I agree completely: Lozada may not get preferential treatment. The law is universal or it is nothing at all. Fighting corruption is equal-opportunity, or it is nothing at all. Where there is cause, Lozada should be prosecuted. Where there is proof, Lozada should be punished. But more than anybody else, he deserves a fair hearing. More than anybody else, he deserves protection. It’s the least we owe him.

I know Lozada does not have a multitude of fans. I knew that way back in the ZTE hearings. Some told me: Sure, he’s testified, but he can’t be clean, too, he was part of that group, too. Others told me: Doesn’t he just like basking in the limelight, wringing his deprivations for all they’re worth?

To those who said those things then, and to those who say those things now, my answer remains: Yes, but could you have done what he did?

Drawing from “Flight” again, you’ve also got to marvel at the feat of saving a plane against all odds, which is what Lozada did, or its equivalent. And that is assuming he did as well the equivalent of driving a plane drunk and drugged, which has yet to be proven. He’s innocent until that is proven.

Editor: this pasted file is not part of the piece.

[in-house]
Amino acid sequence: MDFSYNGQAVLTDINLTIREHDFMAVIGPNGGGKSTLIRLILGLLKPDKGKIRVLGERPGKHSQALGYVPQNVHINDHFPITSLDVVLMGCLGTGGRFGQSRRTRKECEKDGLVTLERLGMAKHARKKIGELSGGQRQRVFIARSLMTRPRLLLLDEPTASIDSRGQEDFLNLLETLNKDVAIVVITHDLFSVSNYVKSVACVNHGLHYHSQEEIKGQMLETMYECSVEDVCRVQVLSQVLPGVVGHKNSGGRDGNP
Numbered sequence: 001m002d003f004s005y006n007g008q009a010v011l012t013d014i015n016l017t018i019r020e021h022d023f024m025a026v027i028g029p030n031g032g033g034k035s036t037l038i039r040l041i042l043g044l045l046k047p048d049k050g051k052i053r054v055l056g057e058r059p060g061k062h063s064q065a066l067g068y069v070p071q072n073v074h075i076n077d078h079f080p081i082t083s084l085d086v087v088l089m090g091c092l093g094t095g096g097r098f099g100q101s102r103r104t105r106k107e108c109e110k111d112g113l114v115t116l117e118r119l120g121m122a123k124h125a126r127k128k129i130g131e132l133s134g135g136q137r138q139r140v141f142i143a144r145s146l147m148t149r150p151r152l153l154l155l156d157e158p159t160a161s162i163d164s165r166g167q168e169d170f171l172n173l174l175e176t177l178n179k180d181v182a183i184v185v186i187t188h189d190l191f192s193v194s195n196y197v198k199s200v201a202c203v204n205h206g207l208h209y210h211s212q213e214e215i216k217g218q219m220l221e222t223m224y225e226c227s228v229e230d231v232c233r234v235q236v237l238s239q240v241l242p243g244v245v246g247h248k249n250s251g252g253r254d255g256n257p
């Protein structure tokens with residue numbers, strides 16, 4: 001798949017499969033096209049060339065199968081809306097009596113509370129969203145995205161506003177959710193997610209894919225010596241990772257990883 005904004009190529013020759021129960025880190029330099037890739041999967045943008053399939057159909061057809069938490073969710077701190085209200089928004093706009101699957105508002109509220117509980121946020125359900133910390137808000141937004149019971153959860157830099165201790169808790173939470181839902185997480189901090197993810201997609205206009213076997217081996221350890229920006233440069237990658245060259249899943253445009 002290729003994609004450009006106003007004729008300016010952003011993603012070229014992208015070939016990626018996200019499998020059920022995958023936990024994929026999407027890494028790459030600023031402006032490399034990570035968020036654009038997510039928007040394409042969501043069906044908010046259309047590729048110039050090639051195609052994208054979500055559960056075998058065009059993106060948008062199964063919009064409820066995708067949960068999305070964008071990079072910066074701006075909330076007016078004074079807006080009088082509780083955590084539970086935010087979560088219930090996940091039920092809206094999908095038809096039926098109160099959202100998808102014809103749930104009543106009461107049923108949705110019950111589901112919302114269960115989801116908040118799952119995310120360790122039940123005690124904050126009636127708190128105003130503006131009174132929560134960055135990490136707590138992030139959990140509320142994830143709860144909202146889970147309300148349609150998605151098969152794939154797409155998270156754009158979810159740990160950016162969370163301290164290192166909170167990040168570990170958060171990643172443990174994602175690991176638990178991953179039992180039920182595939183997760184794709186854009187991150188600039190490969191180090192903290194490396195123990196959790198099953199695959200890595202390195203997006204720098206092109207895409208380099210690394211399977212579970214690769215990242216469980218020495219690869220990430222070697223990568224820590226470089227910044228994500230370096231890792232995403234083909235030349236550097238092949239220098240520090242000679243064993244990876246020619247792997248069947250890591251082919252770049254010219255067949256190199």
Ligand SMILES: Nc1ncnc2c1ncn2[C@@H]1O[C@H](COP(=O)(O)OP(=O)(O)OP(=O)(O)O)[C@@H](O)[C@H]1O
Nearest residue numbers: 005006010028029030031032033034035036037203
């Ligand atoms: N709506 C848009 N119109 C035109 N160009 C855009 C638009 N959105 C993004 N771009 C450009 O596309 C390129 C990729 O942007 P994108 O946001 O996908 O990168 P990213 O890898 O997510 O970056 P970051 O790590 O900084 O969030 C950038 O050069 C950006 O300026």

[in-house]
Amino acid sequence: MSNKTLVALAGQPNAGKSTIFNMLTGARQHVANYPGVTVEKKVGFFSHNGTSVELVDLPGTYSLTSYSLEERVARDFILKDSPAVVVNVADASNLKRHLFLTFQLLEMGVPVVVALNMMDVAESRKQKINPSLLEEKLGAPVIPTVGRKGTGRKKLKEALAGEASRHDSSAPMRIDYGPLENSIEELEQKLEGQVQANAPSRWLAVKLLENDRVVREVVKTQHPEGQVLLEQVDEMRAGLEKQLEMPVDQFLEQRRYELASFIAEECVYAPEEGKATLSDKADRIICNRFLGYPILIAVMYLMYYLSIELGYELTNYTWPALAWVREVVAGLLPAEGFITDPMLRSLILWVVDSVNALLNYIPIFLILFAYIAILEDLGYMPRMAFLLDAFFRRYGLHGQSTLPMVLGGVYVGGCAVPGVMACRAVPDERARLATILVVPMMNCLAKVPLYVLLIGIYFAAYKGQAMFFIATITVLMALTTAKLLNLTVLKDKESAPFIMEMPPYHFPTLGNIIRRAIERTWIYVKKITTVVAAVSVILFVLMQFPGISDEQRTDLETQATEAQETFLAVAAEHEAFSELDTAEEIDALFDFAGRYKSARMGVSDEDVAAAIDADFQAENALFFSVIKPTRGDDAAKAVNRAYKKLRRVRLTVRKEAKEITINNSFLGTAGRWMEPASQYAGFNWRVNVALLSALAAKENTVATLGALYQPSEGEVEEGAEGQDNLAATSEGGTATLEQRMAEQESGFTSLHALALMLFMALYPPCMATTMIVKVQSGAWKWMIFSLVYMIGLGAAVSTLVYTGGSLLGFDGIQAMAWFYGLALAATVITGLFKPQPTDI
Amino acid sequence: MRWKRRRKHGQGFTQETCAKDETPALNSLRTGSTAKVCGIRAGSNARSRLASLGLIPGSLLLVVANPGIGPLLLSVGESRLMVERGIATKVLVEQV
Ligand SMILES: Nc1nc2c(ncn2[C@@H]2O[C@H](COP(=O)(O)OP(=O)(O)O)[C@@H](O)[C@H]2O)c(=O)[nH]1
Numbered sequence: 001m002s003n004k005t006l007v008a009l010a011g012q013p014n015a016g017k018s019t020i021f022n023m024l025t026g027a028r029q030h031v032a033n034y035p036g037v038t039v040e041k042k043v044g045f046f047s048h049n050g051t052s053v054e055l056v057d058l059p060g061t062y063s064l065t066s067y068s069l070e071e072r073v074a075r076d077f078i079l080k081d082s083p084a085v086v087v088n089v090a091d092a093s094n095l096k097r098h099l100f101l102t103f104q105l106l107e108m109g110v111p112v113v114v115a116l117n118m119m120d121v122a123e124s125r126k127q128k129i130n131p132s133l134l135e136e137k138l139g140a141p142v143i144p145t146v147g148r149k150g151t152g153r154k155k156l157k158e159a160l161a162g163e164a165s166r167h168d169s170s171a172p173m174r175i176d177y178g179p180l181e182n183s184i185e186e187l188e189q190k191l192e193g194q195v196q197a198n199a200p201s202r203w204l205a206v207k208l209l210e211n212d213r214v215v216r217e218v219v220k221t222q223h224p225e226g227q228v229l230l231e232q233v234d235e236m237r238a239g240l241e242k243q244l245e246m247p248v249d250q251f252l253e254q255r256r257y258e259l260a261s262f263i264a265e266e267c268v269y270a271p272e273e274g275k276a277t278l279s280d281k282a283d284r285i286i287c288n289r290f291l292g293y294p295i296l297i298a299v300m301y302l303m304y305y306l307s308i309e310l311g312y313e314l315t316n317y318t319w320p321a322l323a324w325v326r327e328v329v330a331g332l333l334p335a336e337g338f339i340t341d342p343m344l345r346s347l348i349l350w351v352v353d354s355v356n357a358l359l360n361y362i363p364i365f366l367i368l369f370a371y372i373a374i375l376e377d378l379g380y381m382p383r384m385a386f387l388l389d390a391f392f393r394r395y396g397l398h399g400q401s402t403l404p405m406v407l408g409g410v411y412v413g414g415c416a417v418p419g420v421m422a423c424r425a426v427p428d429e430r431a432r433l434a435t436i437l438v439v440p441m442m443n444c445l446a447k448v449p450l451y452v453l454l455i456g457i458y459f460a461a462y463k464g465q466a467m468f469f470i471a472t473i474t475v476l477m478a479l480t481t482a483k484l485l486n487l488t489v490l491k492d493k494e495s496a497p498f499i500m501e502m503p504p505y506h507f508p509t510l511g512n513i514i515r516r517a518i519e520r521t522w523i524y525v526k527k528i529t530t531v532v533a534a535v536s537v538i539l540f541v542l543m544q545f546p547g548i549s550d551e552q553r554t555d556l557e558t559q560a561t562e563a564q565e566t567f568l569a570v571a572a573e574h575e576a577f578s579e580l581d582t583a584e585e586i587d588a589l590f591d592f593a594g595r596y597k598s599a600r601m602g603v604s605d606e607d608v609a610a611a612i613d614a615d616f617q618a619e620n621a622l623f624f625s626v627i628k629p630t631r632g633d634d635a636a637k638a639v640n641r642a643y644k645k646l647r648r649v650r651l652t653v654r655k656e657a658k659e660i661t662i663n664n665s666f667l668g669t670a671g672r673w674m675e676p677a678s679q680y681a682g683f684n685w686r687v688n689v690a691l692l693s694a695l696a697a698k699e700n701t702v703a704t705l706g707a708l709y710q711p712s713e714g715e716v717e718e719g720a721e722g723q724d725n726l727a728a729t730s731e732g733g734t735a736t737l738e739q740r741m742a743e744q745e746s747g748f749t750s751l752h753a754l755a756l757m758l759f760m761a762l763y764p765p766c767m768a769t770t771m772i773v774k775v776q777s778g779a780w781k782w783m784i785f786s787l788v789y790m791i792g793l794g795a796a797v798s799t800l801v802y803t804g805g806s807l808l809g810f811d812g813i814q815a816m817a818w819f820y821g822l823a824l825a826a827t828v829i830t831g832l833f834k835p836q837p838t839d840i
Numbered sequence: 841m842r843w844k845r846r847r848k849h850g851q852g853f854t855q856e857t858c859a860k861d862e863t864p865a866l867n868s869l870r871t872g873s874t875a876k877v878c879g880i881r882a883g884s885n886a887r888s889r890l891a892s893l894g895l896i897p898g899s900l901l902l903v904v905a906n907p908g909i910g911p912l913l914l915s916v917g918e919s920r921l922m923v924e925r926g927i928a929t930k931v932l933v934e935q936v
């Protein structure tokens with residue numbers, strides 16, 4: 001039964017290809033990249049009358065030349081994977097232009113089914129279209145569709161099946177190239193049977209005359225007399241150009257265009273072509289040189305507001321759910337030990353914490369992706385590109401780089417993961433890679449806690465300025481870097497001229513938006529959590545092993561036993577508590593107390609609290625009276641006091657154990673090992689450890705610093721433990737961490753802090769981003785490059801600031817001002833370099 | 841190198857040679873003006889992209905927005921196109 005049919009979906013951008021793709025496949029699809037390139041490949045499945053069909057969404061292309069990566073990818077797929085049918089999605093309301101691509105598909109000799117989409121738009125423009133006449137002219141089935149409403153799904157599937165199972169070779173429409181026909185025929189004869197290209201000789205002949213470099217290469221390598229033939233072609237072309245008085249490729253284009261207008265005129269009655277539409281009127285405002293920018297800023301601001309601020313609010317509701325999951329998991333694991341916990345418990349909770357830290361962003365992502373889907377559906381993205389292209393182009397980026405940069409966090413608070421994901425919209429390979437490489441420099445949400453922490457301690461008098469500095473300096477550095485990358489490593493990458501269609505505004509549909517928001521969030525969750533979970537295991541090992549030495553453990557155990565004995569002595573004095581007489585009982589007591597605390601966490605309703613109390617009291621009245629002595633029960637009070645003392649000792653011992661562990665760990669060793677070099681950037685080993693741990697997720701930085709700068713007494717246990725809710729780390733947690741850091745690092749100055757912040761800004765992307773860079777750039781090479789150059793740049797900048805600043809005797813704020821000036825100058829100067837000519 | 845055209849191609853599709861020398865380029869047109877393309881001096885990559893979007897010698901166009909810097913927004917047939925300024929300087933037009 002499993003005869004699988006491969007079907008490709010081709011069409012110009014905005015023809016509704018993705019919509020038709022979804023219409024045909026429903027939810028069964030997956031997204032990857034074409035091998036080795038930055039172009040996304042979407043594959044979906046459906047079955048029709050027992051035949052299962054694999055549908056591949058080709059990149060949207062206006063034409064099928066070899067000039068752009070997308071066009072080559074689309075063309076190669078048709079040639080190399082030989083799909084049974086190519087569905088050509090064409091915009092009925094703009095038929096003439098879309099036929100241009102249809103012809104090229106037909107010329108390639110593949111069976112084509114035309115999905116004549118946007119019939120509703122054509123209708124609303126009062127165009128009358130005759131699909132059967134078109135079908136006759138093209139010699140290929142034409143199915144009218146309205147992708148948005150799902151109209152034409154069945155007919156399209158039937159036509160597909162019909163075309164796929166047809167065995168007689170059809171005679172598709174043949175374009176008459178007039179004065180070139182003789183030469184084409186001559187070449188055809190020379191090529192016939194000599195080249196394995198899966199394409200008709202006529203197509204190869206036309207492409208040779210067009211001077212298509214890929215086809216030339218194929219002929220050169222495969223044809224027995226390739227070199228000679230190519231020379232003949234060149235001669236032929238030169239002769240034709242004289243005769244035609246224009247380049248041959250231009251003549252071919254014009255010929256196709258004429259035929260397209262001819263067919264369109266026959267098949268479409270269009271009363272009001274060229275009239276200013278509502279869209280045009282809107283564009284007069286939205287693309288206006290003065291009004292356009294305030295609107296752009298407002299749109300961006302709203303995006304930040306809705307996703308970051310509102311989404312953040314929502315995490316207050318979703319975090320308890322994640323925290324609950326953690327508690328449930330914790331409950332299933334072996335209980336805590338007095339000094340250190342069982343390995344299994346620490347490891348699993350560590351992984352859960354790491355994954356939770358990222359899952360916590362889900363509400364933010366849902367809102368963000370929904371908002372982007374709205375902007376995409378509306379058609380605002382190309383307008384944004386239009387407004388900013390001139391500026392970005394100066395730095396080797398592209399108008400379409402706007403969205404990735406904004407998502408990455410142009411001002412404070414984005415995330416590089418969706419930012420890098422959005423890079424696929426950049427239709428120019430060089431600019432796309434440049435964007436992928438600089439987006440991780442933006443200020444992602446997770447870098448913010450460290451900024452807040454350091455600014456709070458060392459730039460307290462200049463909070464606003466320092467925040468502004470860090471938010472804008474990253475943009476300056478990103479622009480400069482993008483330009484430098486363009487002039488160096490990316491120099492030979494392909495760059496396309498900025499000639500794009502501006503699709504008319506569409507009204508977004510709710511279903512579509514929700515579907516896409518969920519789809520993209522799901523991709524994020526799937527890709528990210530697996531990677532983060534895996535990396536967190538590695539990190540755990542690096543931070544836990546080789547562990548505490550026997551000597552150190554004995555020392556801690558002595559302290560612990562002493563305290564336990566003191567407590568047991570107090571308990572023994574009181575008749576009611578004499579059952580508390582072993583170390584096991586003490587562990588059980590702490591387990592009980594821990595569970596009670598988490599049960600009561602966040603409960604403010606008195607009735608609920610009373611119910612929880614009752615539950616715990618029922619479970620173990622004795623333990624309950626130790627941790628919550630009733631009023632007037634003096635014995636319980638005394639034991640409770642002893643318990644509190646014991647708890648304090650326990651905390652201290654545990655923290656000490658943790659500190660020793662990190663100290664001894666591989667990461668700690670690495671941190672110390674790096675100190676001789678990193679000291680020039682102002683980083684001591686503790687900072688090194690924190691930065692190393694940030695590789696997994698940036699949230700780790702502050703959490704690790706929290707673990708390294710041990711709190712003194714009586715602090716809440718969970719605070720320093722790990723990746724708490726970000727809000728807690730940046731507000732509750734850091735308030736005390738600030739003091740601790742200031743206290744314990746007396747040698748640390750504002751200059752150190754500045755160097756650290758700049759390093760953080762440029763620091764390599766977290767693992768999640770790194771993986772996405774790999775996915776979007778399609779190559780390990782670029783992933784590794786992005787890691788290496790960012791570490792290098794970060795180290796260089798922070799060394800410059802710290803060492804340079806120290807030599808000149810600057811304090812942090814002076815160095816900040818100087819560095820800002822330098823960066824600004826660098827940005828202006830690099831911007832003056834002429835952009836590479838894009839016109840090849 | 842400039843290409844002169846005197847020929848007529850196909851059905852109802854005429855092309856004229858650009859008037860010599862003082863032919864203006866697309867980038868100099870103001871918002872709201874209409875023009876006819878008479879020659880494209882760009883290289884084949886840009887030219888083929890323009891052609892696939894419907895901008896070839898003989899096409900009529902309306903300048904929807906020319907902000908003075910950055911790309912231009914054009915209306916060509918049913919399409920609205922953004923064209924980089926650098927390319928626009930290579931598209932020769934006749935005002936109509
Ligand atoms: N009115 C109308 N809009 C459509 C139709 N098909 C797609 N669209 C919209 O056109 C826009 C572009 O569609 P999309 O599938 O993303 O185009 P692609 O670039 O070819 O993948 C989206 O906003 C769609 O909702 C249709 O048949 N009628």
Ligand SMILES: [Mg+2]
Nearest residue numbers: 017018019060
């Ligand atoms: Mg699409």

Could you have done what he did?


I don’t know that I could. The guy was offered money in Hong Kong just to keep quiet. And just to make sure he would, he was kidnapped after he landed in Manila and driven around for a couple of hours and made to glimpse the afterlife. You can’t get any more epic carrot-and-stick than that. Cooperate, and get rich; don’t, and die.

Or at least be in constant fear for your life, and the life of your loved ones. Which was the reason the Lozada family fled to La Salle Greenhills. Or at least be hounded for life, or as long as the Arroyos live. Which was the reason the family lived the life of fugitives for as long as they did. Or at least worry no end that a case of corruption, real or invented, would be filed against you to wreck your credibility. Which was why cases of corruption were filed against him then, which is why cases of corruption are filed against him now.

Same question: Could you have done what he did? Thereby giving a definitive face to corruption in Arroyo’s time? Thereby contributing mightily to ending Arroyo’s rule? Look at Romy Neri, and despair.

You may not like the guy, you may find all sorts of fault in him. But give him an even break, give him a fair hearing, give him—and his family—reasonable protection. At the very least because the future of whistle-blowers in this country depends on it. Why should anyone ever want to blow his whistle if he can be rich if he doesn’t and dead if he does, if he and his family have to disrupt their lives, the parents unable to earn a living and the kids unable to go to school, if they have to worry no end about their integrity being called into question? And at the end of it all, at the seeming end of it all, have to go through all that all over again?

At the very most, he deserves it.

We owe him, and we owe him big.

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TAGS: Conrado de Quiros, Jun Lozada, opinion, politics, There’s the Rub